Under the Medicaid rules for married couples, the spouse residing in the community may only protect up to $119,220 in cash and other countable assets (the house, car, personal property, etc., is exempt and is in addition to this number). The spouse in the nursing home can protect up to $2,000. So what if a couple has more than $121,220 in countable assets? In that case, should the nursing home spouse apply for Medicaid, he or she will be told they have excess resources and must first “spend down” their assets and then re-apply for Medicaid.

It is the effect of these rules that sometimes drives couples to consider a divorce, not because they no longer love each other but purely for financial reasons. For example, if the spouse at home has investments of $500,000, the other spouse will not qualify for Medicaid until the at-home spouse’s assets are spent down at least to $119,220. But that could leave such spouse at risk for running out of money themselves, over time. In other words, Medicaid forces the couple to divest themselves of a lifelong accumulation of assets that they had planned to use for their final years or even pass on to their children or grandchildren.

Without debating whether it is ethical for a couple to try to keep more than the Medicaid rules allow—by legal means, of course—as a practical matter there are various options available. One such option is that of a divorce. The reason is clear: once the couple is divorced, their assets are counted separately and neither former spouse will be required to contribute to the care expenses of the other.

However, it is important to note that the division of property by the divorce court judge must be “fair and equitable” or the Medicaid department will re-allocate assets as they see fit, to more correctly reflect a “fair and equitable” division.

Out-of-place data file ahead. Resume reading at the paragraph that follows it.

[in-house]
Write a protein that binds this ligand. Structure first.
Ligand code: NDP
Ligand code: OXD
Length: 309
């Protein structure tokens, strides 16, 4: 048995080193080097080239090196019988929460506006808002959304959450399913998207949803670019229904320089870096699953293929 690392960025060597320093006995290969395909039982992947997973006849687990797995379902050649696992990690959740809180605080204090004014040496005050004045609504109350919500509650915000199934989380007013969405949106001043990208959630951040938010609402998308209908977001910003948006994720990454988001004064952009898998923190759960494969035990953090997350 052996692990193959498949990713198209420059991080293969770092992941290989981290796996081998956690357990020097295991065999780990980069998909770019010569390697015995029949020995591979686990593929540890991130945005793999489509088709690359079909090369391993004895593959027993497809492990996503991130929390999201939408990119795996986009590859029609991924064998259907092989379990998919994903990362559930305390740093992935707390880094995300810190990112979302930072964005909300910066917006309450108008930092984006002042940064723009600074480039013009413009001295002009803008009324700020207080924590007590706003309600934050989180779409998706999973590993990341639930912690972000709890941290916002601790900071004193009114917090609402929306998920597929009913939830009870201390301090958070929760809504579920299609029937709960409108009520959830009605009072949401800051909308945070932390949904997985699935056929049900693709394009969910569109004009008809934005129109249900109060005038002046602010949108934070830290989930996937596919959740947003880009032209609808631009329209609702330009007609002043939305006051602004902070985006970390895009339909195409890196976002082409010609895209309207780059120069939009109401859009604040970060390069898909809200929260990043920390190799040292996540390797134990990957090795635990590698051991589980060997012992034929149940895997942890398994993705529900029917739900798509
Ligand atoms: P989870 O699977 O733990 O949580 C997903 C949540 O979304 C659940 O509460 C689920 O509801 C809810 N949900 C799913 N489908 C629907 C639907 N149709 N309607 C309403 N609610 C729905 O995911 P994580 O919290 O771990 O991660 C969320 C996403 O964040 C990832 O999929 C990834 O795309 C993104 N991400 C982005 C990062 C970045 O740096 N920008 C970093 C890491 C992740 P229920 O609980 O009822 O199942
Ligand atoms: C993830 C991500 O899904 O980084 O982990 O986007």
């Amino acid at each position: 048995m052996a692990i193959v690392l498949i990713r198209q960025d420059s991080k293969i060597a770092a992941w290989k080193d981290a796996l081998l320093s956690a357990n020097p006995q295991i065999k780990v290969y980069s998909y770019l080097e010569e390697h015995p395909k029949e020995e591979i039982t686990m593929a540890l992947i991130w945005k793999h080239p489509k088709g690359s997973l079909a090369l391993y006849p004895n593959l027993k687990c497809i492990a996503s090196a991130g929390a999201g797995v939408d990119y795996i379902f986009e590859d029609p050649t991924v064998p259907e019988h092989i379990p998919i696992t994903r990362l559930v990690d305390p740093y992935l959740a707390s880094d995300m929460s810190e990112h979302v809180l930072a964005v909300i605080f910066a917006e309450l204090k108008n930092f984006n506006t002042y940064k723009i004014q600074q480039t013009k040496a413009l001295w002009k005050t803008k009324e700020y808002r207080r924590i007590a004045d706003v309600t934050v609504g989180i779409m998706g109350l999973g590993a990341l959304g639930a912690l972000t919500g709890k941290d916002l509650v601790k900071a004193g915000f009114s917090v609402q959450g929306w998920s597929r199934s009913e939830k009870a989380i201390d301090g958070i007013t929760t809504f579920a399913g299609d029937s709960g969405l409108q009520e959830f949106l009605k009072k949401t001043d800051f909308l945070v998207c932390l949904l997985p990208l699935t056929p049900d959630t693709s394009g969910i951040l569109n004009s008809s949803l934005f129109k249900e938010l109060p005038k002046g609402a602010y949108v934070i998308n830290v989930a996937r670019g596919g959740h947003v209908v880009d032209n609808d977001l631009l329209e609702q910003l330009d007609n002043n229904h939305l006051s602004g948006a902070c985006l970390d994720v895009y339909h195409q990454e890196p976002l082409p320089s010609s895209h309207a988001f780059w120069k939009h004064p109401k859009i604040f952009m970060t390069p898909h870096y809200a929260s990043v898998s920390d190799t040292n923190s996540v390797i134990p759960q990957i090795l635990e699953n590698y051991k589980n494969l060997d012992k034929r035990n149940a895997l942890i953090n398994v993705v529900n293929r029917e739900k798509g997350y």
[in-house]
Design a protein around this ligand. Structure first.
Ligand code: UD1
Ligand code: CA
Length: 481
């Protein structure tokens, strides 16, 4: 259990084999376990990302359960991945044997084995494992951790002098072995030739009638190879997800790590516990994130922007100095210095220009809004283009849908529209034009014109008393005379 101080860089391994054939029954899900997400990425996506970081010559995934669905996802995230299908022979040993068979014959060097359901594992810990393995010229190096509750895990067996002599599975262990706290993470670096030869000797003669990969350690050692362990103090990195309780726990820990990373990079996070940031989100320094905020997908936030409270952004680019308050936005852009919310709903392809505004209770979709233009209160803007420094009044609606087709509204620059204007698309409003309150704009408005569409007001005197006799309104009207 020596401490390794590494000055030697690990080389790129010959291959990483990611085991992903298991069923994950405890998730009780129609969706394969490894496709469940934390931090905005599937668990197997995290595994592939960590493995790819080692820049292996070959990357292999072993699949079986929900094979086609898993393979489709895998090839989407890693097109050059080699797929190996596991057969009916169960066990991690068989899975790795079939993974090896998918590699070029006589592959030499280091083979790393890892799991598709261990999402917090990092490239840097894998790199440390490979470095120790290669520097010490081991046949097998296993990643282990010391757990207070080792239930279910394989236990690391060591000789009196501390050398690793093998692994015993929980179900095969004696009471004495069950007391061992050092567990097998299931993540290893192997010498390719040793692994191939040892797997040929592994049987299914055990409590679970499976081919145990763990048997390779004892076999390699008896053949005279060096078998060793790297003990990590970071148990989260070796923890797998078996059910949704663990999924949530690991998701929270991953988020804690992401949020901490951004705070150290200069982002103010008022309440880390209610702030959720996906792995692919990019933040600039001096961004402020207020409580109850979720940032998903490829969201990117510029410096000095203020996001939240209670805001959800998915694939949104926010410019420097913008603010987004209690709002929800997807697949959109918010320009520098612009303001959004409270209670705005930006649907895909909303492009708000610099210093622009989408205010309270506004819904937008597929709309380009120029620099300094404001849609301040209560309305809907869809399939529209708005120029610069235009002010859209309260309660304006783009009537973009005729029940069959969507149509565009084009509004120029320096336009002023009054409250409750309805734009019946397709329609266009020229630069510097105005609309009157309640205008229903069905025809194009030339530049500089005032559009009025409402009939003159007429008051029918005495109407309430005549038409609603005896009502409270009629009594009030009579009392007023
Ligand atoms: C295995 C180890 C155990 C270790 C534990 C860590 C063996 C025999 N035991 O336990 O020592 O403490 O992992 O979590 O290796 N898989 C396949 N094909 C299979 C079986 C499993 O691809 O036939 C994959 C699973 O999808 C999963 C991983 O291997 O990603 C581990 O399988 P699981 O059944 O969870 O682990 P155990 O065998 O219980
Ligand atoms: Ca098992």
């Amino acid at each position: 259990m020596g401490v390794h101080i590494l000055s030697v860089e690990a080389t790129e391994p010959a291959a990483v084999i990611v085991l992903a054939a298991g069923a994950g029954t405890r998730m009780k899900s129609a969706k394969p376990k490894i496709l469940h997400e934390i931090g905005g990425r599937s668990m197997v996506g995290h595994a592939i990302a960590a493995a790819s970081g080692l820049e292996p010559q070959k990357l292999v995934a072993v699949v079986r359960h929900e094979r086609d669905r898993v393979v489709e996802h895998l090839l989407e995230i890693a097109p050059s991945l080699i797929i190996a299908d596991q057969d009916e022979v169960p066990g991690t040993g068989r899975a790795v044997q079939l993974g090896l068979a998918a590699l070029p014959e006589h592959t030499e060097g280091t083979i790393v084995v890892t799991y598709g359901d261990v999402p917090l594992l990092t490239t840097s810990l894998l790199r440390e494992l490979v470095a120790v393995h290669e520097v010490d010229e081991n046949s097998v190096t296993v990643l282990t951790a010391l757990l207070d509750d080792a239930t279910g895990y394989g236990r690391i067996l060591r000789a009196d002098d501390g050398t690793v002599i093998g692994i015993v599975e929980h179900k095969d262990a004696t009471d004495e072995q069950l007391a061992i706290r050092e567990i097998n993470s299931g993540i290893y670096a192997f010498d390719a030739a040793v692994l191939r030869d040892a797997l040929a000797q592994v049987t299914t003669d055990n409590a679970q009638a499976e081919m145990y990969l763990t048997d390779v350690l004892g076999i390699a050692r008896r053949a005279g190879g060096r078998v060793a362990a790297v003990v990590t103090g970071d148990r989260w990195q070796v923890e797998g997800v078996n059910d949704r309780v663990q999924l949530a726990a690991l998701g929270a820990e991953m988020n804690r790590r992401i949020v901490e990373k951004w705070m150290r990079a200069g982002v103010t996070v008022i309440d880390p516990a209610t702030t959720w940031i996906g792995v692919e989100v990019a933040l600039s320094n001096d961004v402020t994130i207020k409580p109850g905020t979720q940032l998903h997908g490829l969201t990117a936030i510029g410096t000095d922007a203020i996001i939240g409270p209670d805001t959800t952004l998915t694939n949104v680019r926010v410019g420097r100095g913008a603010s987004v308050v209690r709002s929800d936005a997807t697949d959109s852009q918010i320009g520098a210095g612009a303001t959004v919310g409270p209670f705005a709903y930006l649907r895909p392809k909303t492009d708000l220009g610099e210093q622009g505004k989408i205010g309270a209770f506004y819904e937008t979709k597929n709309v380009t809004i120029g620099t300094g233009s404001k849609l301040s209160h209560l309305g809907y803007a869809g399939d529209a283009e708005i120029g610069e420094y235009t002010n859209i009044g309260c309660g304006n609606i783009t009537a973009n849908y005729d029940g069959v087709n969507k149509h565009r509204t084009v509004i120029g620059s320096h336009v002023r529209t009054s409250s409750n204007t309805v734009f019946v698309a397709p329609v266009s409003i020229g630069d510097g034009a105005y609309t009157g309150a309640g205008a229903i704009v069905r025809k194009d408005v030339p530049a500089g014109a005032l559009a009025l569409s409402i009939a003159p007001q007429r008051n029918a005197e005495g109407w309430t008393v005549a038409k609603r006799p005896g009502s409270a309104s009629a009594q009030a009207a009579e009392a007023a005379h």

For example, if the nursing home spouse says to the at-home spouse, “Look, I’m going to be in the nursing home for the rest of my life and don’t need much money. Besides, Medicaid will cover my expenses. So you can keep most of the assets, and then leave them to our kids in your will.” But if a “fair and equitable” division of the assets really would be 50/50, then whatever portion of the couple’s assets in excess of 50% that is awarded to the at-home spouse will be deemed a gift from the nursing home spouse to the at-home spouse, causing a long period of disqualification from Medicaid.

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As an estate planning and elder law attorney I have had to deal with this situation a few times, and I always worked with a divorce lawyer since that was not my area of expertise. But I was sure to educate the divorce lawyer about the Medicaid rules so that he would not be too aggressive in his division of assets between the spouses.

Indeed, there may be good reasons for awarding more of the assets to the at-home spouse, such as high medical costs, need for in-home care, perhaps even a disabled child living with that spouse. But be careful in being too greedy and overloading the share of the at-home spouse with more assets than you can reasonably justify to the Medicaid department when the time comes to apply.